What is Ashtanga Yoga?

The Ashtanga (which means 8 limbs) vinyasa system of yoga is based on a specific series of postures and the vinyasas (movements) which has the effect of "unlocking" the body in an intelligent and scientific way, each pose preparing the body of the next one to come.  Each pose has specific health benefits and when combined into a flow sequence it results in:

-detoxification

-realignment of the body and nervous system

-develop inner strength and flexibility

-improve general health and well-being.

Sri K. Pattabhi Jois, founded this system of yoga and taught for many decades in his hometown of Mysore, India.

Traditionally, the word Yoga, but itself refers to Raja Yoga, the mental science.  The primary text of Raja Yoga is called the Yoga Sutras of Patanjali (also know as Patanjali Yoga Sutras or Yoga Darsanam).  Sutra means "thread"; each Sutra being the bares thread of meaning upon which a teacher might expand by adding his or her own "beads" of experience.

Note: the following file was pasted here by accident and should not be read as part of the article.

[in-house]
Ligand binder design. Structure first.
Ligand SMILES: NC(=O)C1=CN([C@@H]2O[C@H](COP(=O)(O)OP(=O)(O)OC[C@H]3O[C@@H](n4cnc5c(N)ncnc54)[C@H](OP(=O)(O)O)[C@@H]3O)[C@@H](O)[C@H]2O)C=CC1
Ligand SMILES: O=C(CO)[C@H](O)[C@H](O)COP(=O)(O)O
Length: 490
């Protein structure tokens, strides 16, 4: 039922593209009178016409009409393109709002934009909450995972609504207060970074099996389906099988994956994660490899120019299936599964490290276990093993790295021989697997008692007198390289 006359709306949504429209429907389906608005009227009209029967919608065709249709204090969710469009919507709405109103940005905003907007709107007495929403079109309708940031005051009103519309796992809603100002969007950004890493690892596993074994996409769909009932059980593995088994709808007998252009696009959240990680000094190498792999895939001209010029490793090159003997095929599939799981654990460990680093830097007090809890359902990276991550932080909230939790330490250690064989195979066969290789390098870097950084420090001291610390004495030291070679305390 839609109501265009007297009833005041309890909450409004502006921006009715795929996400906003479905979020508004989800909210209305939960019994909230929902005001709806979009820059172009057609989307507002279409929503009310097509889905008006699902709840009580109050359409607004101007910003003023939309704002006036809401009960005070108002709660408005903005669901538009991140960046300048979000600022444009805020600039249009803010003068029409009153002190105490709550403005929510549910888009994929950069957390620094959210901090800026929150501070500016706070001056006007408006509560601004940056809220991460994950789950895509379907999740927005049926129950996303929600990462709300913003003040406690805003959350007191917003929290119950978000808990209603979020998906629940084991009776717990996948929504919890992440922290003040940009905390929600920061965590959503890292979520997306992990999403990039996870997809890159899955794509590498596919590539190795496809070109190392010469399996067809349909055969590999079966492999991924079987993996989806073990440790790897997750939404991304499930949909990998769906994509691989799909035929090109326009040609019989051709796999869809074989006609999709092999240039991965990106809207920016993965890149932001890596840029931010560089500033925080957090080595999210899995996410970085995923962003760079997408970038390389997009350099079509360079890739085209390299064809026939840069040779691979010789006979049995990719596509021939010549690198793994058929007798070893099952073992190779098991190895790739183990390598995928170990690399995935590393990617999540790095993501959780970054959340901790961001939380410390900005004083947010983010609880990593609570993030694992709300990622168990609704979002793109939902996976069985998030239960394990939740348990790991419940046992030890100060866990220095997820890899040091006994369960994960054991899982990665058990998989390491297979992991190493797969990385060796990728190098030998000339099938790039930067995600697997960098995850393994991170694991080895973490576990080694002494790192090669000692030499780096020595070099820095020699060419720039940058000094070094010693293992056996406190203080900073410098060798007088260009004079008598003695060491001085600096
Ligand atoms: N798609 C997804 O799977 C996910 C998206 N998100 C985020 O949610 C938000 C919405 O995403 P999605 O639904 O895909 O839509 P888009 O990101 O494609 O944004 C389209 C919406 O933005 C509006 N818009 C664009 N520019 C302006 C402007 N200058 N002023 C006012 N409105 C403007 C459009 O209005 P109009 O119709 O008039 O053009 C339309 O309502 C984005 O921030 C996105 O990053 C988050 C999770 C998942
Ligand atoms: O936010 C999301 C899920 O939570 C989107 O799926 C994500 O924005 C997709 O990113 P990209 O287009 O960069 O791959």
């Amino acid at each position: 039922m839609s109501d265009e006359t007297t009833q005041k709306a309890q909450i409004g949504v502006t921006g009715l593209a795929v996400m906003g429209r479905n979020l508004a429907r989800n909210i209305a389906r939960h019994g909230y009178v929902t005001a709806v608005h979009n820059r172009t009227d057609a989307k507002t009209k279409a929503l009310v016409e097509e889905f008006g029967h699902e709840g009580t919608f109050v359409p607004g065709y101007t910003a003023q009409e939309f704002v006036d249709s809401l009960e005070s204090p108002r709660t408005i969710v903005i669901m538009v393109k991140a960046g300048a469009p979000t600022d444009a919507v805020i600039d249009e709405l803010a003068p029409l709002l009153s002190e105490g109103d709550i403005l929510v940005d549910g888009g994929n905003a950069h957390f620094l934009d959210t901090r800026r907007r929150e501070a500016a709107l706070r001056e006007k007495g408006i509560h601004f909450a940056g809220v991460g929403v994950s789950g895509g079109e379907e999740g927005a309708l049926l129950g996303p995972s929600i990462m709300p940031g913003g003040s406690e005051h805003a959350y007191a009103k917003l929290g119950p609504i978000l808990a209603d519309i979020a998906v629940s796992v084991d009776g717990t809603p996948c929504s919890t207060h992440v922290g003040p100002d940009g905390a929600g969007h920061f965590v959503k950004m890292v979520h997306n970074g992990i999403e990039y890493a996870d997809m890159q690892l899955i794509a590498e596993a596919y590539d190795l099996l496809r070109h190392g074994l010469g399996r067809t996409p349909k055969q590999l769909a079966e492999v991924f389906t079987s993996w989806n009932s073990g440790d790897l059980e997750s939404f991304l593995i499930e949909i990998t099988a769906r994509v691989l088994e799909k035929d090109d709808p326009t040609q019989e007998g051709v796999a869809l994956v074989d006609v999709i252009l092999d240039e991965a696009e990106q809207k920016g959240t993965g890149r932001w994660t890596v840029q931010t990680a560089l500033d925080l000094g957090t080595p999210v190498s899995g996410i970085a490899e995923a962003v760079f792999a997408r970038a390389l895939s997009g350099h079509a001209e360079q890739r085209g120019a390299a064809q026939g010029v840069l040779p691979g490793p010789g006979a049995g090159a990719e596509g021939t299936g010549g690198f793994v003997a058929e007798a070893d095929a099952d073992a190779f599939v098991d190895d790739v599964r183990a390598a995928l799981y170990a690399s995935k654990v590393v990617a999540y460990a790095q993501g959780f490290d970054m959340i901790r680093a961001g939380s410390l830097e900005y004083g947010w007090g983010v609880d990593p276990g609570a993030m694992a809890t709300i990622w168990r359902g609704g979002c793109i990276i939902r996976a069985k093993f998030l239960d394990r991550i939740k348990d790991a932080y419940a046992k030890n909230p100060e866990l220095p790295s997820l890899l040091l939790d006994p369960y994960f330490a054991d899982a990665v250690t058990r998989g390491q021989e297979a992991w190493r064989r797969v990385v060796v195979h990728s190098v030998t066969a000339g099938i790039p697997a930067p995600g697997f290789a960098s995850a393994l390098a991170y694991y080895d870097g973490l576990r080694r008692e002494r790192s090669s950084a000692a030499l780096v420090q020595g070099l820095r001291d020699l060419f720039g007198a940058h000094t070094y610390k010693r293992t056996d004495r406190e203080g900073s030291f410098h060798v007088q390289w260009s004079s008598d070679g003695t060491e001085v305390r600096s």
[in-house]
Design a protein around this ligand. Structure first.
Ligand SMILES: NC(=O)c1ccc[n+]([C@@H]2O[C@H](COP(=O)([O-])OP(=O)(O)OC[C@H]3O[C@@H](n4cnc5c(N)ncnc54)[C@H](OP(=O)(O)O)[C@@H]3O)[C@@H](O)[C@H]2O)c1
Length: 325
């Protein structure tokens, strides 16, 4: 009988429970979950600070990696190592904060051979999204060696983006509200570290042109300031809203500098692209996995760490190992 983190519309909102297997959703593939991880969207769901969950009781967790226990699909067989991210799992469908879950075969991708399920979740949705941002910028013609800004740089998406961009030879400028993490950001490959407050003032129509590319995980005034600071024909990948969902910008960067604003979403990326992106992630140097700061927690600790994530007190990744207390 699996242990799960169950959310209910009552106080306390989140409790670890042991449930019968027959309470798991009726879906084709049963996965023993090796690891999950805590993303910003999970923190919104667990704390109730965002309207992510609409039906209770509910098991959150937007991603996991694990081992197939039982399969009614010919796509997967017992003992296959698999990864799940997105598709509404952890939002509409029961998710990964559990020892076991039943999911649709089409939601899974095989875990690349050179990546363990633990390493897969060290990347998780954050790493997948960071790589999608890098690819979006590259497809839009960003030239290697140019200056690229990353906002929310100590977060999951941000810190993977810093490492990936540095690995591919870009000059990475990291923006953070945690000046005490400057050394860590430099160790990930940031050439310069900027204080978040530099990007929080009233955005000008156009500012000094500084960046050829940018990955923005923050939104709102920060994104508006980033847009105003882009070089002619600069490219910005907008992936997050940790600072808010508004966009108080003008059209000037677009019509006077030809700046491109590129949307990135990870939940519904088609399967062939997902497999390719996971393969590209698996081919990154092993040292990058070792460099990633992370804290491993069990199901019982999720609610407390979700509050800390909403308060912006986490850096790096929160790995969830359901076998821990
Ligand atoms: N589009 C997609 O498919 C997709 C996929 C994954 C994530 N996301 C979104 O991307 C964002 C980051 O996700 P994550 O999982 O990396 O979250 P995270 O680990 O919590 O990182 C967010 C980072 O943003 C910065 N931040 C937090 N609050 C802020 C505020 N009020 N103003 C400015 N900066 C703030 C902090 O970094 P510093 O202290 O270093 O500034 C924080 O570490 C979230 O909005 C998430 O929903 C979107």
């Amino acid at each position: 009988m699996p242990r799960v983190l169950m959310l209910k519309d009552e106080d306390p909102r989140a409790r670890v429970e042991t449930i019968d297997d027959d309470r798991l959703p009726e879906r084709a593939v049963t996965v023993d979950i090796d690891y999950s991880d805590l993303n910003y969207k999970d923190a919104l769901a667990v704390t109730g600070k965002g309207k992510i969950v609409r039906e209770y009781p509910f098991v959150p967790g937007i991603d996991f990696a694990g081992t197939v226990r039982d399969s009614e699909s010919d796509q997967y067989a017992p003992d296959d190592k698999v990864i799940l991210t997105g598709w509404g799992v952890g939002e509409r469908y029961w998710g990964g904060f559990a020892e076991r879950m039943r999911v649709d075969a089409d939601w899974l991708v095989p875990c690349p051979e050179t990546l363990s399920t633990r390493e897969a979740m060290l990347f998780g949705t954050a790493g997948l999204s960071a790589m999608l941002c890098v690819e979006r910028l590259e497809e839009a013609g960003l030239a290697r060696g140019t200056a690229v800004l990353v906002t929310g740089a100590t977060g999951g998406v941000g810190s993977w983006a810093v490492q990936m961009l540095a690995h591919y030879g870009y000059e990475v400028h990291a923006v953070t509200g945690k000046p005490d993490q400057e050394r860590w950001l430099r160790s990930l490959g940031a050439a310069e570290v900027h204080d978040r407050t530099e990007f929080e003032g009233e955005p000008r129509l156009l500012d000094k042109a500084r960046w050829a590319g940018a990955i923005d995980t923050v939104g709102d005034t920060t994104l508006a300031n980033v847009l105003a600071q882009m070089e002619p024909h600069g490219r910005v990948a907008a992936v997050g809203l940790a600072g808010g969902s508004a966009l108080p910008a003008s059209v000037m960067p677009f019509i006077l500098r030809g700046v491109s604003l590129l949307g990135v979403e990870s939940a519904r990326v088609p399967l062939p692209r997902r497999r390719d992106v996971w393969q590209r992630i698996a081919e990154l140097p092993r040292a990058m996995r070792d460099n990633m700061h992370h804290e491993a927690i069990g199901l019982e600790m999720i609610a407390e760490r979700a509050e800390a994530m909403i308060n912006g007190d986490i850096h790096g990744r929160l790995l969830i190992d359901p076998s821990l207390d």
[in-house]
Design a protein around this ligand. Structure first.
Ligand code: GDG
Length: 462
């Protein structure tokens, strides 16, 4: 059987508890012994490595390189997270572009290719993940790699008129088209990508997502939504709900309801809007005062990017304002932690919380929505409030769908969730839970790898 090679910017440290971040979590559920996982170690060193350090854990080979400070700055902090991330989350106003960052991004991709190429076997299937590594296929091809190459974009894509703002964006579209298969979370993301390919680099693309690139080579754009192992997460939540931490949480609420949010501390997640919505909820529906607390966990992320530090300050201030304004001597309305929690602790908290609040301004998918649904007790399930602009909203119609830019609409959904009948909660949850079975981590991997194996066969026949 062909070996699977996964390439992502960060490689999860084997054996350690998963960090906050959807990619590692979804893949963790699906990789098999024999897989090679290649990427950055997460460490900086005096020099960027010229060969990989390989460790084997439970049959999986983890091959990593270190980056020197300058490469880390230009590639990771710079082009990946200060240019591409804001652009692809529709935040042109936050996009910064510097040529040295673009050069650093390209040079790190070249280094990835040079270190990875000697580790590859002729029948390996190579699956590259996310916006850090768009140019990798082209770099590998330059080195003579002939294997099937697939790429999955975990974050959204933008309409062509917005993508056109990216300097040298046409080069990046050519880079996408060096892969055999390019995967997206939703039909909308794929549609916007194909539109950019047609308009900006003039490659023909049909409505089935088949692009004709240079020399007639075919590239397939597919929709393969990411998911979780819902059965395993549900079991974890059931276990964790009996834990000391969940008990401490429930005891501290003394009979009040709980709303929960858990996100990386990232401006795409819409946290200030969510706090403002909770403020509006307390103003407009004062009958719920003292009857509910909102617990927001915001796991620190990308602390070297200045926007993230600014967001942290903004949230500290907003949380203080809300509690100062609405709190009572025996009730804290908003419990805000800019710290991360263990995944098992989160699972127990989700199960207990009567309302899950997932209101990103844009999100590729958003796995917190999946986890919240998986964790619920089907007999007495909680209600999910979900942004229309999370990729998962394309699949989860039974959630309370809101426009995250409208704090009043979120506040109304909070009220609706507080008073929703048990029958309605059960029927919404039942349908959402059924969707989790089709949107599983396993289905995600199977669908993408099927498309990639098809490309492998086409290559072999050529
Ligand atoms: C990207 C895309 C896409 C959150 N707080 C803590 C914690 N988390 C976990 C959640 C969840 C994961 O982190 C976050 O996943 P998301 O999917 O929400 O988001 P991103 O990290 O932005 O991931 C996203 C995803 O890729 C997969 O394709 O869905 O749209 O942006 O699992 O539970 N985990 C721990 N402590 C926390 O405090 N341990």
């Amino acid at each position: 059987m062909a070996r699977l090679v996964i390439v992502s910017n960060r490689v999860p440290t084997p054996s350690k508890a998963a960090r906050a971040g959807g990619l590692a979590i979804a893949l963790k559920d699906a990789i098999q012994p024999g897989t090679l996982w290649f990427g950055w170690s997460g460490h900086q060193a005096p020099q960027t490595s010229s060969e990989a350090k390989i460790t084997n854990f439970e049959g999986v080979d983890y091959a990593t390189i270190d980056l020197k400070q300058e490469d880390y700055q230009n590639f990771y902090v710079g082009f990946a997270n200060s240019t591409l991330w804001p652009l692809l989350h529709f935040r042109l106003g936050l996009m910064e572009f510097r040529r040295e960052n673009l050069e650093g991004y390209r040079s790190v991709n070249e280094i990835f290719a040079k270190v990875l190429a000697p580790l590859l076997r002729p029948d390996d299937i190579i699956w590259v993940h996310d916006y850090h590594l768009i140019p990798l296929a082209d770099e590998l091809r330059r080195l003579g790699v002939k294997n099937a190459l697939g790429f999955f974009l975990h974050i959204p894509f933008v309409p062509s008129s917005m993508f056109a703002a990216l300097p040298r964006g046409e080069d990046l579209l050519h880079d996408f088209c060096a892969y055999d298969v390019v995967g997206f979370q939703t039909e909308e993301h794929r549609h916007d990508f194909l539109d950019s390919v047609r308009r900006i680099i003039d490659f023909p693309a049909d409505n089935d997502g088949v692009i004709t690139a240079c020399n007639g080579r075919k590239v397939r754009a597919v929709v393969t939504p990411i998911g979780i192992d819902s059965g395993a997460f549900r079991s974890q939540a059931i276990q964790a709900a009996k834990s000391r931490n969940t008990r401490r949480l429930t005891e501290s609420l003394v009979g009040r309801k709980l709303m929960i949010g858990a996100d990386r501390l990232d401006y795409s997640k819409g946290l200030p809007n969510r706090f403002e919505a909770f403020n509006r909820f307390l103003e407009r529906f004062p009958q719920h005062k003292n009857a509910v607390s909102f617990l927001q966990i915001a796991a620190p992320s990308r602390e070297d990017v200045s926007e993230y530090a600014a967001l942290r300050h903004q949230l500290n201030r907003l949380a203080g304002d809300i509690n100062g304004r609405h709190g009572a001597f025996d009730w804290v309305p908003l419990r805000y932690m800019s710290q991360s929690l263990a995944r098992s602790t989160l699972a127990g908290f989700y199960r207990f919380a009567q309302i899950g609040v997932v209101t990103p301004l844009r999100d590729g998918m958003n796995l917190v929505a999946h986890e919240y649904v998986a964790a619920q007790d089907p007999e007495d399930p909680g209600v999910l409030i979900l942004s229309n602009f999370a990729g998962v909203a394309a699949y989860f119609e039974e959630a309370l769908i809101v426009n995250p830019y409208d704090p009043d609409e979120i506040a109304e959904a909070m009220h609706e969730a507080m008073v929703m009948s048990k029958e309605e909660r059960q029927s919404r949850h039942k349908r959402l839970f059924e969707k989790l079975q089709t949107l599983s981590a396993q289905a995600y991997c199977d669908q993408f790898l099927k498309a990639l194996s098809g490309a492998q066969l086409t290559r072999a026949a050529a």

The traditional way to practice Ashtanga is Mysore style, but we also offer a variety of "led" classes where a teacher gives verbal cues to guide students through the practice.

Moon Days

A Moon Day is a day on which there is a new or full moon. In keeping with tradition, no Mysore classes are held on these days, based on a belief in India that it is inauspicious to do so. Please check here and the Studio calendar for upcoming Moon Days. We do hold all other classes on Moon Days, since these are not as tradition-bound as Mysore.

What is Ujjayi Breath?

An important aspect of the Ashtanga system is ujjayi breathing — breathing with sound.  We inhale and exhale through the nose while closing the back of the throat, in an even rhythm that is intended to be a means of meditation and smooth movement.

The purpose of Ujjayi Breathing;

-to generate heat and purify the body through sweat

-the sound of the breath keeps the mind focused

--indicates the quality of your practice

What is Dristi?

Each pose has its own dristi (gaze). It is usually either up between the eyebrows, or down towards the tip of the nose. Dristi lessens distractions, directs the practitioner’s energy, and enhances balance.

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